Finally, the Recommendation will help the creation of a level-playing field and more consistent regulation on the European Telecoms Market, thereby triggering investment and innovation in the entire telecoms sector.
Getting rid of distortions of competition between the 27 Member States
Let me first talk about mobile termination rates. Despite efforts made by some national telecoms regulators to bring down mobile termination rates so as to reflect the real costs incurred by the operators – I mean by this in particular the Swedish, Finnish, French, Italian, Austrian and Romanian regulator who have started to go into the right direction as regards mobile termination rates –, we still face a situation with rates varying considerably from Member State to Member State. In 2008 mobile termination rates ranged from 2 eurocents per minute in Cyprus to 8 eurocents in Germany, over 10 eurocents per minute in Greece and almost 16 eurocents in Bulgaria.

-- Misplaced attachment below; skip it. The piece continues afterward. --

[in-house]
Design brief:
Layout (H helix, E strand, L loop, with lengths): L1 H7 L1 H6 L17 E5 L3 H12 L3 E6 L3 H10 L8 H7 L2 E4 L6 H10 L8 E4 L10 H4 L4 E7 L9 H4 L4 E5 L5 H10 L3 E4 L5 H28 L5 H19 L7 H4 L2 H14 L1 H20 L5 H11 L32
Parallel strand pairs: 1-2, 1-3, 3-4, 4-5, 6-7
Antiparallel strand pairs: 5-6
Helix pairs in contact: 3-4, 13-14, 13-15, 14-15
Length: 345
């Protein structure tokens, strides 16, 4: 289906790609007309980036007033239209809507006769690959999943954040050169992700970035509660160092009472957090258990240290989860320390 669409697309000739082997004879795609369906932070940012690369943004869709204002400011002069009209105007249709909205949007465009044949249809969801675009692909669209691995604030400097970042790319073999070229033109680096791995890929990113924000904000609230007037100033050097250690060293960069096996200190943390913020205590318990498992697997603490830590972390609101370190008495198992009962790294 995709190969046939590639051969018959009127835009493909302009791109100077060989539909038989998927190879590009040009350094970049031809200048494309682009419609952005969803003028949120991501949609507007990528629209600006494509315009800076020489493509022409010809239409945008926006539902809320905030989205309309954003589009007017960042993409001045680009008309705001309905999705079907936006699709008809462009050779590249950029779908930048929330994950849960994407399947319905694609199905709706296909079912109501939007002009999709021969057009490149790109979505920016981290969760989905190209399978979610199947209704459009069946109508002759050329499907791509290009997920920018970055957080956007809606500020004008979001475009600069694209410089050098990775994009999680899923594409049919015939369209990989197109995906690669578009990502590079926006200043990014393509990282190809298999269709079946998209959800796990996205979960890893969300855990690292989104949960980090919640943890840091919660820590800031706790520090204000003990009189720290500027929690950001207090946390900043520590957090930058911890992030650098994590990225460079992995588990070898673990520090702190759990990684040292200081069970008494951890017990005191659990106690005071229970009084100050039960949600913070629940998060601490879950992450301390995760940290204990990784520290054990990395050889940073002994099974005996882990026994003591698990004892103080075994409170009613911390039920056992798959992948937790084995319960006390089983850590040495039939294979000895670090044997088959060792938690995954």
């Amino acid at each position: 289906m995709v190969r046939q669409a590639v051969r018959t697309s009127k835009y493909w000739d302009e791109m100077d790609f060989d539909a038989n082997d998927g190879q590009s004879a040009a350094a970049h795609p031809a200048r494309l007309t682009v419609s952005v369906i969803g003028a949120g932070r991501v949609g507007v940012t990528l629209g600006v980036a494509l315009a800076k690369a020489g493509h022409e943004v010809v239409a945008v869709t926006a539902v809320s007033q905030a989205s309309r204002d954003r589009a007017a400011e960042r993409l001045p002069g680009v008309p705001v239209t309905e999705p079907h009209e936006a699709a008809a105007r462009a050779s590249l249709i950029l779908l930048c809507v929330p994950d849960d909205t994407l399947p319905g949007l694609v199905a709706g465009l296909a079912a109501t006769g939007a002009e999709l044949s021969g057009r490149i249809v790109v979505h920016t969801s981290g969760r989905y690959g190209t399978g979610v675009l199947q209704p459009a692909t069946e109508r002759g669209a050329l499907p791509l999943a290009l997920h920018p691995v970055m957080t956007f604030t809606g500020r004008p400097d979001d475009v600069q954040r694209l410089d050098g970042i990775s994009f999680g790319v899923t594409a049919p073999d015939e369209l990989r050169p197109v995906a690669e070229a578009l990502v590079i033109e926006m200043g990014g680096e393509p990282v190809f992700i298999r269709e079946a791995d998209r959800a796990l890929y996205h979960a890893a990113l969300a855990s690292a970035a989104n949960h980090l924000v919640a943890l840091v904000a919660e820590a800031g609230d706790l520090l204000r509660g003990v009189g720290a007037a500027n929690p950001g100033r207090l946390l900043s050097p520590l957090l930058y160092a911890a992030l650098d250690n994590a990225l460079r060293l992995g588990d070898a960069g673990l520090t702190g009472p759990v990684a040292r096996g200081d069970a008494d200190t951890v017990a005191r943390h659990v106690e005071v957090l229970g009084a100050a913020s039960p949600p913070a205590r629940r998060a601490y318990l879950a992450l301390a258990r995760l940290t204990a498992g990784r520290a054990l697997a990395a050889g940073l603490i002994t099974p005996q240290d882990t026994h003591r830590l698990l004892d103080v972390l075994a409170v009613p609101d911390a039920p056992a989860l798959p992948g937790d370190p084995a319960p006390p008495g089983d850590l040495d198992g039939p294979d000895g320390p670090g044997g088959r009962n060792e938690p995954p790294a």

Such fragmented price regulation poses a serious risk to our single borderless market for telecoms services in Europe and is a real threat to Europe's competitiveness.
These wide differences in rates cannot be explained solely by differences in costs or national circumstances and they distort competition between Member States. And between fixed and mobile operators.
Getting rid of distortions of competition between mobile and fixed operators
There is also an important distortion of competition between mobile and fixed operators
Currently mobile termination rates are also typically 10 times higher than fixed termination, with fixed termination rates ranging on average less than 1 eurocent per minute and mobile termination rates ranging to 8.55 eurocents per minute.
High mobile termination rates are thus an indirect subsidy for the larger mobile operators – a subsidy that has to be paid by all fixed operators, by smaller mobile operators and by all consumers.